Conversational / Pronunciation practice
Experience: 0 years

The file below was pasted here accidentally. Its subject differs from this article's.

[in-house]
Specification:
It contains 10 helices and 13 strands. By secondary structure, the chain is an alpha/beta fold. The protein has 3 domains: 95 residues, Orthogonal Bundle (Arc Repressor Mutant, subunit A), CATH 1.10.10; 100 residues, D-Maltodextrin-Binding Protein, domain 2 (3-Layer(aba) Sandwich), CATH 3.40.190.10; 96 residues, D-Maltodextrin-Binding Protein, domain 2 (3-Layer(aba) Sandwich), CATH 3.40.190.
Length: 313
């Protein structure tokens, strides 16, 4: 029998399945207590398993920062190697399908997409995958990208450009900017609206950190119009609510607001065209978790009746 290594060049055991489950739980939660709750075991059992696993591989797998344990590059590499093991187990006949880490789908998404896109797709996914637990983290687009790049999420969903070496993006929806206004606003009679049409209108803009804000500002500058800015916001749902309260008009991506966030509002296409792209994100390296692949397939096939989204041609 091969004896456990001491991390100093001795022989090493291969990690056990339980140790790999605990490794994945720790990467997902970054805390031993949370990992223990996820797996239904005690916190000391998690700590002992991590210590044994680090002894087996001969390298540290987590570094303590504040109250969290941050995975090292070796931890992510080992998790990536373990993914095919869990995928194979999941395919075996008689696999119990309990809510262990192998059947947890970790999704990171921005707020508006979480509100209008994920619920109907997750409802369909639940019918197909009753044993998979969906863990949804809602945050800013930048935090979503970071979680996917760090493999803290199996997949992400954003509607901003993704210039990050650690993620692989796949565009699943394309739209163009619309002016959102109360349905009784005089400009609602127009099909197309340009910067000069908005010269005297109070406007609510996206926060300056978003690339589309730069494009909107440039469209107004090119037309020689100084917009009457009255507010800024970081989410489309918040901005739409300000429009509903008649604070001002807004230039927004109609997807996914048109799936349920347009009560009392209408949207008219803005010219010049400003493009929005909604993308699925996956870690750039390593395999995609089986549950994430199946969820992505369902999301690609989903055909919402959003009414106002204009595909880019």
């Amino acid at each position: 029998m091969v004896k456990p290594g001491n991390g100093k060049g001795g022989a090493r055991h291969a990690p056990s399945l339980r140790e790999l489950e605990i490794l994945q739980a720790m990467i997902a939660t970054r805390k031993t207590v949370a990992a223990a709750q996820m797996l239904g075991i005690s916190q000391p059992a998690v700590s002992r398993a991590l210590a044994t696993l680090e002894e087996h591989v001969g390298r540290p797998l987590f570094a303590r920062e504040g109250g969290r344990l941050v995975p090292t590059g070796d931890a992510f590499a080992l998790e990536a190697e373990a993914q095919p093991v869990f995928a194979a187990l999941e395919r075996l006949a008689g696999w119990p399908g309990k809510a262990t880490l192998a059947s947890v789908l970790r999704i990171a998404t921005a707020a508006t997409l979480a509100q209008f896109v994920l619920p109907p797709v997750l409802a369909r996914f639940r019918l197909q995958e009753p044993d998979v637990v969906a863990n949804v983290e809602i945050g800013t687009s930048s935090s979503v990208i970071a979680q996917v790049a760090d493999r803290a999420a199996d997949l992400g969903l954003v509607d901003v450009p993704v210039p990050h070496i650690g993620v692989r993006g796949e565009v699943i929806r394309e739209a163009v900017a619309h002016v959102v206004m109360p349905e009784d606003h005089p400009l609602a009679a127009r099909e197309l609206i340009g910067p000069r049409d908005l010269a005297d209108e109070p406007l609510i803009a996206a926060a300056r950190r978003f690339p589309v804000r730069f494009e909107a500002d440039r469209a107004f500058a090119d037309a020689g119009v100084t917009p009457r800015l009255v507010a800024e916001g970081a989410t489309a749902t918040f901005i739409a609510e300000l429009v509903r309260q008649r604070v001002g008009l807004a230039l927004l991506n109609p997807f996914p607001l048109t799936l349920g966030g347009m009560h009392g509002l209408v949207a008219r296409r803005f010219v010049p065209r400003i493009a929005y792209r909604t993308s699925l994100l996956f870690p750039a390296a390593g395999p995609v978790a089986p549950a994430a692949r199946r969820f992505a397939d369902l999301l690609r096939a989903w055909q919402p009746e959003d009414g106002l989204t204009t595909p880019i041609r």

Here you will find some good tips on how to improve your English conversation skills- The main goal is fluency. Remember that you don't have to know many complex grammatical structures to achieve that goal! First of all try to speak as fluent as possible (even making some grammar mistakes). Then, after making your speaking fluent, you can focus on grammar aspects. Many people think that knowing a lot of words is a key to fluent speaking. It's true! However, there are many people who have wide idiolect and problem with fluency. They try to learn more and more words because they think vocabulary is their problem. They don't realize the problem is somewhere else. They always try to use exact translation of the word thay want to use, but it causes that they often get stuck. Don't be afraid to speak. You must try to speak, even if you make mistakes. You cannot learn without mistakes. There is a saying: "The person who never made a mistake never made anything." So think of your mistakes as something positive and useful. Speak as much as possible! Make as many mistakes as possible! When you know that you have made a mistake, you know that you have made progress. The Importance of Speaking Practice There are 4 key skills when you learn a language: listening speaking reading writing Which one of these is the "Odd-One-Out"? Which one of these is different from the other three? The answer is speaking. The other three you can do alone, on your own, without anyone else. You can listen to the radio alone. You can read a book alone. You can write a letter alone. But you can't really speak alone! Speaking to yourself can be "dangerous" because men in white coats may come and take you away!! That is why you should make every effort possible to find somebody to speak with. Where can you find people who can speak English with you? And how can you practise speaking when you are alone? At School If you go to a language school, you should use the opportunity to speak to your teachers and other students. When you go home, you can still practise listening, reading and writing, but you probably can't practise speaking. If your teacher asks you a question, take the opportunity to answer. Try to say as much as possible. If your teacher asks you to speak in pairs or groups with other students, try to say as much as possible. Don't worry about your mistakes. Just speak! Conversation Clubs Many cities around the world have conversation clubs where people can exchange one language for another. Look in your local newspaper to find a conversation club near you. They are usually free although some may charge a small entrance fee. Shopping If you are living in an English-speaking country, you have a wonderful opportunity. Practise speaking to the local people such as shop assistants or taxi drivers. Even if you don't want to buy anything, you can ask questions about products that interest you in a shop. "How much does this cost?" "Can I pay by cheque?" "Which do you recommend?" Often you can start a real conversation - and it costs you nothing! Pubs and Bars Even if you don't live in an English-speaking country, there are often American, British, Irish and Australian pubs in many large cities. If you can find one of these pubs, you'll probably meet many people speaking English as a first or second language. Language is all around You Everywhere you go you find language. Shop names, street names, advertisements, notices on buses and trains... Even if you are not in an English-speaking country, there are often a lot of English words you can see when walking in the street, especially in big cities. And there are always numbers. Car numbers, telephone numbers, house numbers... How can this help you? When you walk down the street, practise reading the words and numbers that you see. Say them to yourself. It's not exactly a conversation, but it will help you to "think" in English. For example, if you walk along a line of parked cars, say the number on each car quickly as you pass it. Test yourself, to see how fast you can walk and still say each number. But don't speak too loud! Songs and Video Listen to the words of an English-language song that you like. Then repeat them to yourself and try to sing with the music. Repeat the words as many times as possible until they become automatic. Soon you'll be singing the whole song. Or listen to one of your favourite actors on video and repeat one or two sentences that you like. Do it until it becomes automatic. It's good practice for your memory and for the mouth muscles that you need for English. If you have same problem remember that almost all words can be swapped by some other words. If you'll be speaking and suddenly stop, trying to get to your mind translation of some word, forget it! Try to say what you have on mind in other words - practising it is a real key to fluent English conversation! Listening Two simple definitions to hear: to receive sound with the ears to listen: to try to hear You are very good at languages. That's obvious, because you already speak one language very well - your own! And if you can learn and speak one language well, then you can certainly learn and speak one or more other languages. But did you ever ask yourself: "How did I learn my own language?" In fact, you never really "learned" it at all - you just started speaking it. One day, when you were about two or three years old, you started speaking your language. A few words at first, not full sentences. But you spoke. And very soon you made progress without even thinking about it. It was like magic! But it wasn't magic. It was the result of hearing. For two to three years before you spoke, you heard people speaking your language all day, and maybe all night. You heard people speaking your language. Maybe you listened to people, but more importantly you heard. them. Then, as if by magic, you started to speak. All that hearing was necessary for you to start speaking. For two to three years words went IN to your head. Then words came OUT of your head! That is why hearing (and listening to) English as much as possible is so important to you now. The more English you put in, the more you'll get out! So how can you hear a lot of English when you're not in an English-speaking country or family? Fortunately, there are many ways of hearing English in almost all countries of the world like Radio, TV, Internet, Cinema. In my programme, I provide audio tapes with documents to listen and read at home.